24 Apr 2013

LGA: let us use data sharing against housing tenancy fraud

Peter Fleming writes for The Guardian (with my annotations).

Although less well known than housing benefit fraud, housing tenancy fraud is a hot topic in local government. In May, housing tenancy fraud will rightly become a criminal offence, carrying a two-year prison sentence and a £50,000 fine. This is a clear sign from the government to anyone who thinks they can cheat the state that they will face serious consequences. But how much will the new legislation actually help councils to crack down on this abhorrent behaviour?

The most recent estimates suggest that up to 98,000 homes are being let to people who either lied about their circumstances to jump the queue or are sub-letting their council house and pocketing the profits. These people are denying 98,000 deserving families and vulnerable people being found a stable and affordable home. This equates to roughly 5% of the 1.8 million housing applications on council waiting lists and, if these homes were freed up, they would help rehouse some of those forced to live in emergency accommodation, which costs the taxpayer hundreds of millions of pounds a year.

With council budgets having been cut by a third and more cuts on the horizon, it is difficult for us to employ specialist fraud teams. The government has recognised this and this month the housing minister awarded 62 councils a total of £9.5m to fund investigations and prosecutions to help catch the tenancy fraudsters and bogus landlords. Yet even this means that just one in five local authorities responsible for housing will get extra funding.

While we welcome any additional money in the current climate, councils appreciate more than anyone the need for us to do more with less. We recognise that the key to tackling tenancy fraud lies in greater co-operation between councils, housing associations and the private sector. Indeed, in its Protecting the Public Purse report, the Audit Commission praised council efforts to date to find more efficient ways of addressing the problem.

However, restricted access to data held by utility companies, building societies, lettings agents and organisations like the TV Licensing Authority makes it difficult for council fraud teams to identify fraud or prioritise cases to have the maximum impact. Without the legal tools to request information, councils must rely on tenancy inspections and tip-offs from neighbours. Unfortunately, the new legislation on housing tenancy fraud doesn't include the necessary regulations to make data sharing mandatory.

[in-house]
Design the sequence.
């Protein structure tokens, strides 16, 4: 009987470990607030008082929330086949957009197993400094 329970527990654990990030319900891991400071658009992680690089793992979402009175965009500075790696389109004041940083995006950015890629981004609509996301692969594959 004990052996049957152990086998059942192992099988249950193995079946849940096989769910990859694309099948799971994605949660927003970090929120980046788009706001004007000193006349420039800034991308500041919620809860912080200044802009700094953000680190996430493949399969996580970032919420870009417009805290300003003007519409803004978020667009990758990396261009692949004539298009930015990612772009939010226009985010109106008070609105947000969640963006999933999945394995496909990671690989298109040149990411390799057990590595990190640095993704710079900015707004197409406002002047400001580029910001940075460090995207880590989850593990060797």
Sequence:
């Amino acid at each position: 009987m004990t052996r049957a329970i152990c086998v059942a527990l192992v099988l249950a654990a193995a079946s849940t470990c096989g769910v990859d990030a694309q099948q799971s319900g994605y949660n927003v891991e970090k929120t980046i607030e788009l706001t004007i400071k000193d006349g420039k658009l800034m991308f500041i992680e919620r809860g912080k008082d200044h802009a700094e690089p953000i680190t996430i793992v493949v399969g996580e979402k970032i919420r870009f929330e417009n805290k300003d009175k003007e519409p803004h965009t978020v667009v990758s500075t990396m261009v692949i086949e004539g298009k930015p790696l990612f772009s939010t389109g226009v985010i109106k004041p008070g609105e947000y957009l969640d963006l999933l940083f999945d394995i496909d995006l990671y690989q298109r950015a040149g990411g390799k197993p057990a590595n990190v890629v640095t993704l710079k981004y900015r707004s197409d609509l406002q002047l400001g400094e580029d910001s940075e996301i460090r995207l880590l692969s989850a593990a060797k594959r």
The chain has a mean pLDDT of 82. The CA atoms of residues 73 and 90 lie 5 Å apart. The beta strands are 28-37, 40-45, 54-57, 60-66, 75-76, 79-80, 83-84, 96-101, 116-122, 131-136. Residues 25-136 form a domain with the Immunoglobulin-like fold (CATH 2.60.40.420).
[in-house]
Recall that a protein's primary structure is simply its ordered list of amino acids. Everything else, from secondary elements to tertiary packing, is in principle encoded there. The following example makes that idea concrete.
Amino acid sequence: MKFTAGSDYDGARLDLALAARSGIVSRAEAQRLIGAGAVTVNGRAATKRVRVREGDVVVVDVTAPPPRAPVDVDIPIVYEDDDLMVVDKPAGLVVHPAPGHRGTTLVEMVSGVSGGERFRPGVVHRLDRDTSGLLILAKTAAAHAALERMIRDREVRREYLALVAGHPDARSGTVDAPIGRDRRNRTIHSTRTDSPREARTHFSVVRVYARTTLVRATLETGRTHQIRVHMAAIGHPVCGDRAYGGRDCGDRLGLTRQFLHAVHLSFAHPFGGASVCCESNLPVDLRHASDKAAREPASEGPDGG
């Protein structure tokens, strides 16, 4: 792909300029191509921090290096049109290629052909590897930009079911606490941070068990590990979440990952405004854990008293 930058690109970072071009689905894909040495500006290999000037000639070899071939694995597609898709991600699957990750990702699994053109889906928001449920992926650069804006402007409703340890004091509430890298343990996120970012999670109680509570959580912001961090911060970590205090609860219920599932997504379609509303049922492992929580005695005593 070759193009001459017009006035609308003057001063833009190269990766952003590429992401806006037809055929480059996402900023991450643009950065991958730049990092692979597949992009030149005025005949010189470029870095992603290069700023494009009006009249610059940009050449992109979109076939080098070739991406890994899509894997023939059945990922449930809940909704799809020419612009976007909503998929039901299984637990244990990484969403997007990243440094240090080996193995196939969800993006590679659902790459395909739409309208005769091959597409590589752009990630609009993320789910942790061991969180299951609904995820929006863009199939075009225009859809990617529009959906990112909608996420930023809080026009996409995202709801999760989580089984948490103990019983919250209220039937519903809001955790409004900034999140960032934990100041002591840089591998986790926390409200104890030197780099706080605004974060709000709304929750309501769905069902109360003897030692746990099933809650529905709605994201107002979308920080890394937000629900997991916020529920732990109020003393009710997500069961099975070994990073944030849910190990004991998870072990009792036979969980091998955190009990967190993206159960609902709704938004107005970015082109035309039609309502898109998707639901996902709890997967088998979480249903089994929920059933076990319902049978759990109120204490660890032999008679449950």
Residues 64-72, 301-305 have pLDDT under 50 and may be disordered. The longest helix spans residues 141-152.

What is strange is that councils already have such powers to request material to support investigations into suspected housing benefit fraud. If the government simply extended these rights to allow us to investigate tenancy fraud more efficiently, we could help reclaim thousands of council and housing association houses with limited cost to the taxpayer.

When the Department for Communities and Local Government consulted on the tenancy fraud bill as it was going through parliament, 90% of the 188 councils, housing associations, residents' associations and other public and private sector bodies who responded supported the idea of mandatory data sharing. One of the water companies even made the point that in practice simply extending the existing powers would be unlikely to add any significant new burden because arrangements are already in place for sharing this kind of data.

As part of our work with the Fighting Fraud Locally Board, the Local Government Association (LGA) is launching three pilot projects bringing together groups of councils from around the country to work with local housing associations and private sector companies to highlight just how improving data sharing can make a huge difference. Over the next 12 months, Huntingdonshire, Peterborough, Fenland, Watford, Three Rivers, Stroud and Gloucester aim to recover more than 100 properties. These pilots will build on the work of pioneering councils in this area such as Southwark, Bristol and Stoke-on-Trent, who between them last year reclaimed 425 properties.

While tackling tenancy fraud won't solve the chronic shortage of housing, we cannot let these criminals get away with unashamedly exploiting a system that was designed to provide vulnerable people and hard-working families an affordable place to live. There is clear support for data sharing and a strong business case. It's now up to government to give us the tools to enforce the new legislation and stamp out abuse of the system.
  • Social housing frauds are the most immoral frauds in the welfare system. They don't just cost all of us money, they also stop families and the vulnerable having the accommodation they need.

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